In the test 15 years ago: Intel's Core 2 Extreme pushed multi-GPU setups to the limit


In a test 15 years ago, ComputerBase examined how much multi-GPU systems with up to 4 GPUs scaled with the processor clock (test). Intel's Core 2 Extreme X6800 made the graphics card better than an Athlon 64 FX-60.

Table of contents

  1. 1 SLI and CrossFire in the test
  2. Conroe brought the GPUs to the limit
  3. OpenGL fully exploited Quad-SLI
  4. Conclusion

< h2 class = "text-width text-h2" id = "section_sli_und_crossfire_im_test"> SLI and CrossFire in the test

After ComputerBase tested a Quad-SLI system for the first time on August 9, 2006 with two GeForce 7950 GX2s (in the test 15 years ago three weeks ago), the question arose to what extent the performance in this article was still different from the Athlon 64 FX-60 used had been limited. The Intel Core 2 Extreme X6800 (in the test 15 years ago) showed very large performance reserves in benchmarks with a single GPU and was naturally the even faster choice for another test.

In addition to the two GeForce 7950 GX, an SLI combination of two GeForce 7900 GTX and a CrossFire system with a Radeon X1900 XTX and a Radeon X1900 CrossFire Edition had to assert itself in the test. The processors used were the AMD Athlon 64 FX-60 with 2 × 2.6 GHz and the Intel Core 2 Extreme X6800 with 2 × 2.93 GHz. In addition, a Core 2 Extreme X6900 was simulated by increasing the clock rate of the X6800 to 3.2 GHz.

Quad-SLI and a 30-inch monitor

Conroe brought the GPUs to the limit

The Quad-SLI team was able to gain an average of 13 percent in 1,280 × 1,024 pixels when switching from an Athlon 64 FX-60 to a Core 2 Extreme X6800. With 11 percent more performance, the system with two GeForce 7900 GTX looked similar. The jump with the CrossFire team, which only grew by 8 percent, was less big. The Intel mainboard used represented a potential limitation here, as the GPUs each had 8 instead of 16 PCIe lanes. The increase in the clock rate of the X6800 to 3.2 GHz resulted in marginal increases in performance of 1 to 2 percent in all three systems.

«Previous rating – GPU scaling 1280x1024Rating – GPU scaling 1600×1200 Next»

A similar picture emerged in 1,600 × 1,200 pixels, although the distances between the Athlon and the Core 2 Extreme were smaller. Due to the higher processing load, the GPUs were better utilized and the influence of the processor was correspondingly smaller.

OpenGL played Quad-SLI to the full

As in the original test of the GeForce 7950 GX2 SLI team, the Quad SLI system could not prevail on average against two graphics cards in every resolution. This was due to the fact that in DirectX 9 titles, due to a Microsoft limitation, only three frames could be calculated at a time. Nvidia therefore had to switch to a special rendering mode called “AFR of SFR”, in which two graphics cards worked in parallel on one image instead of each graphics card calculating on its own image. The low efficiency of “AFR of SFR” caused poor performance under DirectX 9. There was no such restriction in OpenGL and accordingly four GPUs scaled significantly better here.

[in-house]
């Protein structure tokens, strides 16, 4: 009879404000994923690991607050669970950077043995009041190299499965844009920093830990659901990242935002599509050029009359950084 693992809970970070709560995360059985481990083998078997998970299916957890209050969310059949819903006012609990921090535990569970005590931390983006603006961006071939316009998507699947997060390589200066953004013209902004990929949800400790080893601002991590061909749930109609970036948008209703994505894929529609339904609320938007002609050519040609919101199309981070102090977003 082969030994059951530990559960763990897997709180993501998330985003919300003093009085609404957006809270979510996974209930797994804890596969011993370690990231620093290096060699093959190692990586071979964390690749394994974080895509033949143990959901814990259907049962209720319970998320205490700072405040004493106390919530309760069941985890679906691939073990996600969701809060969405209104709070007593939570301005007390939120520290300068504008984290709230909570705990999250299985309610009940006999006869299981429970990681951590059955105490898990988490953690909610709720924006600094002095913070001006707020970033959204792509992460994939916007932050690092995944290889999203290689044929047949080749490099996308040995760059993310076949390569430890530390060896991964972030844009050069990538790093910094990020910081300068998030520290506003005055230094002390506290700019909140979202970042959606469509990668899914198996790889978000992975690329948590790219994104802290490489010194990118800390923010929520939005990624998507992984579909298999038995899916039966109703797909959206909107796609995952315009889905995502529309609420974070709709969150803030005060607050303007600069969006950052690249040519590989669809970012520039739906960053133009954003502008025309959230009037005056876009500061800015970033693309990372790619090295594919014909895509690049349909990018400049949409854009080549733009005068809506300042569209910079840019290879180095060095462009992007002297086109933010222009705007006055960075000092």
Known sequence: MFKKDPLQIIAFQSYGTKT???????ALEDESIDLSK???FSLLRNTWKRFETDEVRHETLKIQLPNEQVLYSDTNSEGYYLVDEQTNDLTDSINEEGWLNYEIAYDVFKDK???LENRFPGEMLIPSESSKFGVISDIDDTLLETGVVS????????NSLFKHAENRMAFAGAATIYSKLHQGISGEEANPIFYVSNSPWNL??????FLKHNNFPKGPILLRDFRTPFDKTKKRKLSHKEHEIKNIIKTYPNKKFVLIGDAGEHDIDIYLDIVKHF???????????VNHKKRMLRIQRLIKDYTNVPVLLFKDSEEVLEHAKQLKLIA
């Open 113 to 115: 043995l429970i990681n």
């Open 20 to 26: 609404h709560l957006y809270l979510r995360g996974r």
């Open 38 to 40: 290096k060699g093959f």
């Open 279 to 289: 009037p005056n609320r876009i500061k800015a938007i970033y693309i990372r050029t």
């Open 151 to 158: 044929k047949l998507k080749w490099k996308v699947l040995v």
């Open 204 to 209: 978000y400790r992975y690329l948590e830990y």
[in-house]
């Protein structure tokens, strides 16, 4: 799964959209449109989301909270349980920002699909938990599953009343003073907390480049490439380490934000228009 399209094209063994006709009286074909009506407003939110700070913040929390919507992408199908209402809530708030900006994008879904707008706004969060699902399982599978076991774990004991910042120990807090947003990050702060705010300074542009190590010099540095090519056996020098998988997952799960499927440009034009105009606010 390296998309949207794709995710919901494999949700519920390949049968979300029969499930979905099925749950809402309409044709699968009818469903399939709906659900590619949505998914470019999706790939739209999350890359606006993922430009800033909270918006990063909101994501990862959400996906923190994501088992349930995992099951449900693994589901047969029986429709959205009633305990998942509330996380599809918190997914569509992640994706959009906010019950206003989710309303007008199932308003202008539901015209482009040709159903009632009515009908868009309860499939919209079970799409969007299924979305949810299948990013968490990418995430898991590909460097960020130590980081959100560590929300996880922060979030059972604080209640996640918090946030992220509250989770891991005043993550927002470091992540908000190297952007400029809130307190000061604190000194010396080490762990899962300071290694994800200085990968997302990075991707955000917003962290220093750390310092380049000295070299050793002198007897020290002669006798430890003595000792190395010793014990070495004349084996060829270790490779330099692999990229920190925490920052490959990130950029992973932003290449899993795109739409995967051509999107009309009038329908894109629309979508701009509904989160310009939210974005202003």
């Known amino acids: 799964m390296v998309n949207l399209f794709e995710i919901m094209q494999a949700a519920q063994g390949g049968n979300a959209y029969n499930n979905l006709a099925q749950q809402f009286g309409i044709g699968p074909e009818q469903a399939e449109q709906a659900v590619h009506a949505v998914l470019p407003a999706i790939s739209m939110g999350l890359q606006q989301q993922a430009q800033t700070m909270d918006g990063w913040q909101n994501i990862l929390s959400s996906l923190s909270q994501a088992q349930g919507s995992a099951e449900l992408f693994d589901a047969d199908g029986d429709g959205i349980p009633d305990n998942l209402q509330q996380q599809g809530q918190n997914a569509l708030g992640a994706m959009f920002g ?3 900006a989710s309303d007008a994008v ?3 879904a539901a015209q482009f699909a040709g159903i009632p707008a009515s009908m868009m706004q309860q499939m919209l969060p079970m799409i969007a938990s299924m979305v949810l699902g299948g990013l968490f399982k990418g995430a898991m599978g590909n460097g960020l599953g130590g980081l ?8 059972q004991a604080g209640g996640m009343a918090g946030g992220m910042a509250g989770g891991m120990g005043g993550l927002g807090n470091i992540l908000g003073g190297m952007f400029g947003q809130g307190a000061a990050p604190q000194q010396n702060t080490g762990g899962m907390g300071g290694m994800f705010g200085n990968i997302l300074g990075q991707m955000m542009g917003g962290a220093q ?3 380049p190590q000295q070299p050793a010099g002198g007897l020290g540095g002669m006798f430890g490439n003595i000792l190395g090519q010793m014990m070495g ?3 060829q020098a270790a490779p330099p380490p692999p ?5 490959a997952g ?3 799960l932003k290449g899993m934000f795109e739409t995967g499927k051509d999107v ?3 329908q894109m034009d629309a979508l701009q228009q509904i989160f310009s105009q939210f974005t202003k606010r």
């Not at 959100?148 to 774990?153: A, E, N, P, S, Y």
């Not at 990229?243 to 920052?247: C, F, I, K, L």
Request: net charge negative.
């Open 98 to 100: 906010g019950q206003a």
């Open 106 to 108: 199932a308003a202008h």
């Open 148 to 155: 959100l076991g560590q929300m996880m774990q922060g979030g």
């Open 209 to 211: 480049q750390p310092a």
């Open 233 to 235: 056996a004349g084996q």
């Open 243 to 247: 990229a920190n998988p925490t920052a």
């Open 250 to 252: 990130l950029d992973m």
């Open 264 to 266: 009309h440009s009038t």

«Previous Doom 3 – GPU scalingQuake 4 – GPU- ScalingRiddick – GPU scaling Next »

The scaling with the processor performance was therefore significantly better in OpenGL titles. In Doom 3, for example, switching from an Athlon 64 FX-60 to a Core 2 Extreme X6800 brought between 22 and 35 percent when using two GeForce 7950 GX2s. It looked similar in Quake 4 with an increase of 19 to 24 percent. Only in Riddick did the processor change practically no difference despite OpenGL.


The results allowed several interpretations. It was important to keep the general weaknesses of multi-GPU systems and their purpose in mind. Due to the poor scaling in DirectX titles, a Quad SLI system could not be recommended to anyone. The results showed that a faster CPU could give both dual and quad GPU systems a performance boost in lower resolutions – but the intended use was high resolutions. There, the advantage of a faster processor turned out to be significantly less. It was thus possible to establish that investing in a higher-performance CPU was not wasted money, but a model of the caliber of an Athlon 64 FX-60 was sufficient to use several graphics cards sensibly.

In the “Tested 15 years ago” category, the editorial team has been looking into the test archive every Saturday since July 2017. The last 20 articles that appeared in this series are listed below:

  • ATi's Radeon X1950 XTX was a top model for 399 euros
  • Thermalright's SI-128 was good, but not perfect
  • Microsoft WHQL torpedoed Nvidia's Quad-SLI
  • An overclocked GeForce 7600 GS with 512 MB of memory
  • Intel's Core 2 Duo E6600 and E6700 cleaned up with AMD
  • The absolute price-performance tip GeForce 7600 GST
  • The Core 2 Extreme X6800 left everyone behind
  • The Zalman VF-900 Cu dominated them all
  • Three GeForce 7950 GX2 from loud to fast
  • GeForce custom designs in extra fast and silent
  • The ” Gamer-Cube “, which only ventilated via the power supply
  • Nvidia's double decker alias GeForce 7950 GX2
  • Intel's Core 2 Duo E6700 shone in the preliminary test
  • Nvidia's nForce 500 for AMD's AM2 socket with DDR2 RAM
  • The best Radeon X1900 XTX came with a Zalman cooler
  • PCIe x8 versus PCIe x16 for multi-GPU systems
  • ATis X1900 GT bit its teeth on Nvidia's 7900 GT
  • PhysX accelerator for 299 euros from Ageia
  • The GeForce 7600 GS was a stunner for 125 euros
  • HTPC cases from Lian Li and Silverstone

Even more content of this type and many more reports and anecdotes can be found in the Retro corner in the forum of ComputerBase.